A foray into Deaf Rave's environment, where innovation and new technologies allow us to get closer to an equal relationship to music for all.

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Author: Benjamin Bruel
Translation: Alex Menu-Kerforn & Fanny Rousselot-Viallet
Photo credit: Deaf Rave


In this flat located in Hackney, in the suburbs of London, there are always some vinyls scattered all over the floor, on the walls, on the shelves. You can find old drum and bass vinyls, reggae and a lot of jungle music. Troi “DJ Chinaman” Lee can hardly stop playing with his new mixing deck, which takes pride of place in front of him like a totem, in the middle of the room. “I’m having a blast with this new gear,” he says with a smile, in that North East London accent. “I don’t really have time to vibe right now because I am finishing up a big project for Deaf Rave.

Troi was born deaf. “I think that was caused by a lack of oxygen when I was in my mom’s belly. I grew up with hearing aids,” he continues. He grew up with music also, a lot of music. Anyone who has ever set foot in the East End of London knows about its buzzing cultures, smells and sounds often hailing from Jamaica and Africa. Some of London’s first raves were held in this mosaic of graffiti and parks.

Sign Kid @ We are Europe
Signkid © Deaf Rave

I did my first rave just next door, in Dalston, behind a disused warehouse, on New Year’s Eve. That’s how I started to really love and want to make music. That became my pastime, I would go there every weekend, every month, to listen to jungle music,” he explains. Back then, in the late 1990s, London’s deaf community used to meet in a pub once a month. “After the party, I would say: ‘What are you up to? Come on, let’s go to a rave!’. They replied to me: ‘No, that’s for people who can hear. We don’t go there.’ Music was not part of their culture, you see.”  

Breaking free from the limits

In 2003, a few years after his first experiences in Dalston, Troi Lee created Deaf Rave, the world’s first rave for deaf and hard of hearing people. Seven hundred tickets were sold in two months, and more than two hundred deaf people from all over the world came to Hackney. Since then, Deaf Rave has become the first and, unfortunately, the only organization in Europe to organize raves dedicated to deaf and hard of hearing people. Two or three times a year, in the UK, Deaf Rave parties bring together DJs, dancers, singers or sign language rappers.

Deaf people can feel the sound. In their feet, in their bodies, in their ears. They can feel the beat through the waves of vibrations released by the music. The different types of deafness relate to music differently. “Half of the deaf community enjoys music thanks to technology, just like me. The other half is there because it’s a place to socialize. People come and go. I’ve lost count of the number of couples who have been created there. But we continue to offer them a safe place,” the DJ adds.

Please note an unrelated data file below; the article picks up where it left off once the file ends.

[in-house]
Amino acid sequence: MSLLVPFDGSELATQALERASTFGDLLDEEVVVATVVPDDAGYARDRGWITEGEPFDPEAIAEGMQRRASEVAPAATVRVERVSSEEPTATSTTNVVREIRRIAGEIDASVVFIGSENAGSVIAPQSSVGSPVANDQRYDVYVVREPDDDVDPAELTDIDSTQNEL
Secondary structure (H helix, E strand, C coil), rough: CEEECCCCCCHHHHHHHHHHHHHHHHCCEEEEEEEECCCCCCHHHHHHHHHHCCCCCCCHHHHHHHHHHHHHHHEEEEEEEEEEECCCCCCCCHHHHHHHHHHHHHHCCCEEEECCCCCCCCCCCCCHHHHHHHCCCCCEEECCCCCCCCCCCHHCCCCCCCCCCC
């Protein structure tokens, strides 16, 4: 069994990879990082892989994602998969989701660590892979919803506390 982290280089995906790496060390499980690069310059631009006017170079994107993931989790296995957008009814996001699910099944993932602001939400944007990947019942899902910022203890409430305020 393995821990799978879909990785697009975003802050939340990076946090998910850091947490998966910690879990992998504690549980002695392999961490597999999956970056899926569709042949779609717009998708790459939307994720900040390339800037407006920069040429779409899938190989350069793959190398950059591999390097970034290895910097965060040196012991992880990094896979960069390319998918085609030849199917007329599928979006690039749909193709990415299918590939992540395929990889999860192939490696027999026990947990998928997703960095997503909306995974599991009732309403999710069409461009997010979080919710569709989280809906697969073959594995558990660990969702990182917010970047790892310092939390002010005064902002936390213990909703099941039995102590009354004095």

Team 2018 @ We are Europe
Team (Troi Lee is in the front) © Deaf Rave

Technology is a key issue because it allows people to break free from the limits – those between music and people but also between the deaf, the hard of hearing and the hearing people. The most famous device is called SUBPAC: it is a “backpack” created by the company of the same name, and it literally gives the impression of feeling a wall of bass on your chest. SUBPAC was initially created for immersive video game experiences or for sound designers, and the deaf community has seized on the object to better dance and rave.

Another company is trying to go beyond the limits of music: Not Impossible Labs is a sort of incubator of crazy ideas created by film producer Mick Ebeling. “Not Impossible Labs” also conceived its own backpack which has already been tested during the Life is Beautiful Festival in Las Vegas. “Half of the audience is deaf, the other half is hearing. They do not know how the device they are wearing is working, but once the music begins, they will all be able to share the same experience. This is how you create musical equality,” explains the producer in a presentation video of the project.

Dancing, living and investing the place

The problem with these technologies is their price and their availability: a SUBPAC costs 400 euros and Not Impossible Labs does not plan to make it available to the general public. At the time of COVID-19 and of closed venues, how is it possible to break down the musical boundaries between the world of the hearing people and the world of people with hearing loss?

Subpac @ We are Europe
Subpac Workshop © We are Europe

For Deaf Rave, 2020 was to be the year of the confirmation. Following a first outdoor festival, two other big events had been scheduled to take place alongside workshops and booking in mainstream festivals – but the pandemic decided otherwise. The first “Online Deaf Rave” finally took place online, last summer. That was a blessing in disguise: thanks to  internet streaming concerts compelled by circumstances, Deaf Rave brought together artists from 16 different countries. Among them were finger dancer Andrey Dragunov from Russia, English comedian and actor Danny Skit, dancer Signkid or Alex The Magician. Those deaf or hard of hearing artists gathered about 15 000 people during a two-hour live performance and introduced them to a vibrant culture.

A second event is scheduled for this summer, with the hope to be back on stage, on all stages, for everybody.“Just give us the platform, we go onto the stage and show the hearing world what the deaf culture looks like,” concludes Troi Lee.

About the author:

Benjamin Bruel is an independent journalist. He works in the field of new technologies and their inclusion in society and people’s lives. He’s also interested in music and video games.

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